Tough Season for Scarlet Knights

Tough Season for Scarlet Knights

Stringer Resets Expectations for Rutgers

PISCATAWAY, N.J. — This is C. Vivian Stringer’s 39th season as a women’s basketball coach, but she is not so rigid that she refuses to tinker with imperfections, even big ones. About a month ago, for example, she told her players to forget about running the offense — her offense.

At the outset of recent Rutgers basketball games, the Scarlet Knights have not run patterned plays. Get up and down the court, play freely and see what happens, she has told them. If it works, they stick with it. If it does not work, they start running plays. It is not that audacious.

“I’m trying to be creative because my job is to motivate,” Stringer said this week after a practice at the Rutgers Athletic Center. “If I didn’t, I’d be a hard-nosed coach who just decided that’s the way it’s going to be.”

And there is something else: Stringer has told her team, 17-13 and unranked since the first week of the season, that it will not accept an invitation to the Women’s National Invitation Tournament if it does not receive one of the 64 berths in the N.C.A.A. tournament.

Stringer, who will turn 62 on March 18, has made it clear that she was not disparaging the W.N.I.T. Her team is young and has been inconsistent all season, so she feels the need to reset expectations.

“Coach Stringer may seem as if she’s frustrated at times, but she loves basketball too much to give up on us,” said Brittany Ray, a premed student who is a senior guard and the Scarlet Knights’ leading scorer.

With top-ranked Connecticut expected to cruise to another conference tournament title, there is probably no more compelling story in the Big East women’s tournament, which will be played through Tuesday at XL Center in Hartford, than Rutgers, the No. 6 seed.

The Scarlet Knights, who will play the winner of Friday night’s South Florida-Cincinnati game in their opener Saturday night, are expected to squeeze into the N.C.A.A. tournament if they win at least two games in Hartford. But Stringer and her players have learned to take nothing for granted.

Three Rutgers players were asked to provide an adjective to describe the season. Ray picked unpredictable. Rashidat Junaid, a senior center, chose roller-coaster. Khadijah Rushdan, a sophomore guard, went with challenging.

At one point Stringer was so frustrated with her players that she told them they could book flights for spring-break vacations later this month. Nikki Speed, a sophomore point guard, said: “I don’t plan on going anywhere for spring break. I plan on playing right now.”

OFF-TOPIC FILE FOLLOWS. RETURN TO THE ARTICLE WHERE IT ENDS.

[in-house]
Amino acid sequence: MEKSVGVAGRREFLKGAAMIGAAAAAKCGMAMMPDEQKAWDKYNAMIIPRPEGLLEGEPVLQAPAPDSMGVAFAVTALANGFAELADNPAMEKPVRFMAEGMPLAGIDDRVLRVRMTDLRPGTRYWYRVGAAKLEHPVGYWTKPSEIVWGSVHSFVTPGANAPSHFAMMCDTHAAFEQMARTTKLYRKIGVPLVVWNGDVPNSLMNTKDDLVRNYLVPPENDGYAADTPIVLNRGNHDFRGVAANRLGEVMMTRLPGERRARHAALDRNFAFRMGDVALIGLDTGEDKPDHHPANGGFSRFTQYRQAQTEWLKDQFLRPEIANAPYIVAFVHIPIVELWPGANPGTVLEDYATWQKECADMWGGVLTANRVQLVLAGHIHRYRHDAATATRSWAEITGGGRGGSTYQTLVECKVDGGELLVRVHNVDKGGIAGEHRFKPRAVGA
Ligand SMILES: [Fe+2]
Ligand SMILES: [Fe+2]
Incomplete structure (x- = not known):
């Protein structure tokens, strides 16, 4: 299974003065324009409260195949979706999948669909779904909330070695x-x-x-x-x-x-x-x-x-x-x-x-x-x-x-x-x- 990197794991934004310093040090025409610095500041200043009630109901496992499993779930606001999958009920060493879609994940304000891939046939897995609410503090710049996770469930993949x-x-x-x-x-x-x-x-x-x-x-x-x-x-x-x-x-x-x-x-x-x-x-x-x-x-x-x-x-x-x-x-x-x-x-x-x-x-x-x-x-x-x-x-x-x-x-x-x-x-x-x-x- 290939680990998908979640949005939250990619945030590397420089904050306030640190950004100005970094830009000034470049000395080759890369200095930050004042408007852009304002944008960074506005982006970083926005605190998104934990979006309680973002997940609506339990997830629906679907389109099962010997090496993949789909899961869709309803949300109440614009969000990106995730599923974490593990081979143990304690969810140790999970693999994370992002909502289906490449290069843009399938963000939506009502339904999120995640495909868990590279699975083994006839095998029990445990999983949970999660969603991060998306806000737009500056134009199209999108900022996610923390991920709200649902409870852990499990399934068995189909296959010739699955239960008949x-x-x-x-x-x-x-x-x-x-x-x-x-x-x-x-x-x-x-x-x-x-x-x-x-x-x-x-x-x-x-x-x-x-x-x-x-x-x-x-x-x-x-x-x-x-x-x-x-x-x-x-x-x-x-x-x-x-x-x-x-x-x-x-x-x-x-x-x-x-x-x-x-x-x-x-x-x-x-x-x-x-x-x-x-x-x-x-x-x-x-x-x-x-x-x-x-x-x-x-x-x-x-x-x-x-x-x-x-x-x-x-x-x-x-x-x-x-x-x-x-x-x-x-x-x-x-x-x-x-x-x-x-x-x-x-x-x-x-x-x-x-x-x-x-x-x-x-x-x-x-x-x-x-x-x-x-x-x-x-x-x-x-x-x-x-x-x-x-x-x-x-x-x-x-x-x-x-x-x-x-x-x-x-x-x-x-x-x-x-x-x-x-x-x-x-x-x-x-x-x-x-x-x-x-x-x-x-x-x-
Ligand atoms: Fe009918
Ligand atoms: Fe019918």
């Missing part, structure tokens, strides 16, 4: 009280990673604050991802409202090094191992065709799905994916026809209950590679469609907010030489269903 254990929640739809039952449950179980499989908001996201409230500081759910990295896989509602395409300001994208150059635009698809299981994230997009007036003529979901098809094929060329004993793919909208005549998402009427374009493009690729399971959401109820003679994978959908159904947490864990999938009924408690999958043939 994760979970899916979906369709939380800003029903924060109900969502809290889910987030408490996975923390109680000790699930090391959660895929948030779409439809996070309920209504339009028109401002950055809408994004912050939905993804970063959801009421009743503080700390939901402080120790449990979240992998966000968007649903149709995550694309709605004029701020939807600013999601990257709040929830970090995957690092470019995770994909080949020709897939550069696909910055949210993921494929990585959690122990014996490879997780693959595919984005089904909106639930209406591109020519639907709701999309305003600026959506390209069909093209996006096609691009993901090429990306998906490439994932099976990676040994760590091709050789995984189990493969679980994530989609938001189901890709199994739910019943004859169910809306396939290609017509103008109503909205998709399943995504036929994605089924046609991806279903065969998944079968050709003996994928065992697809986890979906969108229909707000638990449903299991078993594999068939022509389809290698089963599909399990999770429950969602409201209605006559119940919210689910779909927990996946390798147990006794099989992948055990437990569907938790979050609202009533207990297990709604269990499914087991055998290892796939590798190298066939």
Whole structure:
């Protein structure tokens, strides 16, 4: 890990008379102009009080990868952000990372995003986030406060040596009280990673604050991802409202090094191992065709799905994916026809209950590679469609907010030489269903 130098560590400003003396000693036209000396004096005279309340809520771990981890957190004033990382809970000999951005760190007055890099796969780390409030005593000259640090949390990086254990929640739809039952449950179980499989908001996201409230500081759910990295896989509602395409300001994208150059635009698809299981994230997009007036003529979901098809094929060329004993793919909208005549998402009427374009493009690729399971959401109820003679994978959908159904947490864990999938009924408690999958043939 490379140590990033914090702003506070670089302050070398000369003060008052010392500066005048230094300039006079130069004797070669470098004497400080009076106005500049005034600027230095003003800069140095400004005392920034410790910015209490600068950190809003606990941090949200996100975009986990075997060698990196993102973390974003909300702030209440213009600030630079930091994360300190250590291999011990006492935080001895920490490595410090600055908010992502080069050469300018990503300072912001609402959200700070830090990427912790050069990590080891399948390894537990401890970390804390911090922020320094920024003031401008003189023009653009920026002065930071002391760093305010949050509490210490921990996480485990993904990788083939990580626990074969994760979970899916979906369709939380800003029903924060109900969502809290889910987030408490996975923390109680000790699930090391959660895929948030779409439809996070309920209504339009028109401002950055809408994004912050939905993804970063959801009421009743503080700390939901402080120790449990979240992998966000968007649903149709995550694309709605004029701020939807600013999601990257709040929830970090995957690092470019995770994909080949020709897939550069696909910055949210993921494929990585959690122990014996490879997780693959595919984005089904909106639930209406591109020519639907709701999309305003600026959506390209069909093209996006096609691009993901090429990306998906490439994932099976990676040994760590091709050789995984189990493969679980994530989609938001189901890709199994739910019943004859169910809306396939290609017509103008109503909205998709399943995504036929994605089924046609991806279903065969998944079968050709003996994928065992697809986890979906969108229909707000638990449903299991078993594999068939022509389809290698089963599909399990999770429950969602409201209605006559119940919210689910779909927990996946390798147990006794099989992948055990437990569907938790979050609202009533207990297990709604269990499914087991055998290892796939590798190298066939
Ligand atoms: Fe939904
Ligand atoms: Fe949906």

The Scarlet Knights play one of the most challenging schedules in women’s basketball, but they are 2-10 against ranked opponents this season. They ended their regular season with a 20-point victory over Louisville, but they lost by 31 points to Syracuse at home nine days earlier.

Rutgers has been lacking in the statistics that seem to mean the most to Stringer: free throw percentage, turnovers and rebounds. She has used 11 different starting lineups, and even the players say they have been inconsistent.

“We’ve had a hard time having all five starters on the same page,” Junaid said.

This is not a new development at Rutgers, even when stars like Epiphanny Prince, Kia Vaughn, Heather Zurich and Essence Carson were around. The 2007 team, which lost to Tennessee in the national championship game, earlier lost two games by 25 points.

The players who have been around long enough are regarding the Big East tournament — and perhaps the N.C.A.A. tournament — as a reprieve. Rutgers made the N.C.A.A. Round of 16 last year after unexpectedly losing 11 of 29 regular-season games.

“We’ve dug ourselves somewhat of a hole,” Rushdan said, “but we can redeem ourselves in the Big East tournament.”

It is a good thing, the players say, that the high point of the season followed the low point, not the other way around. Rutgers has won two in a row and five of eight. Stringer seems to have settled on a starting lineup. The players say they feel good about their chances.

Rutgers has only nine players, so Stringer has been unable to pick up the pace as much as she used to — or wants to. At least the Scarlet Knights are playing with more ease now. There was a time when she could not imagine not running a set offense, but that has all changed.

Stringer, who was inducted into the Naismith Memorial Basketball Hall of Fame in 2009, has one more fire to stoke. Ray said Stringer had tried to emphasize how close Rutgers was to being a very good team. Four of its losses were by fewer than 5 points.

“It’s not over — we could get on a roll,” Stringer said. “People shouldn’t be surprised if we do well. Why shouldn’t we?”

The NY Times
Published: March 5, 2010
Story Photo by Mel Evans/Associated Pres
Cover Photo by Tom Ciszek/NJSportsPhoto

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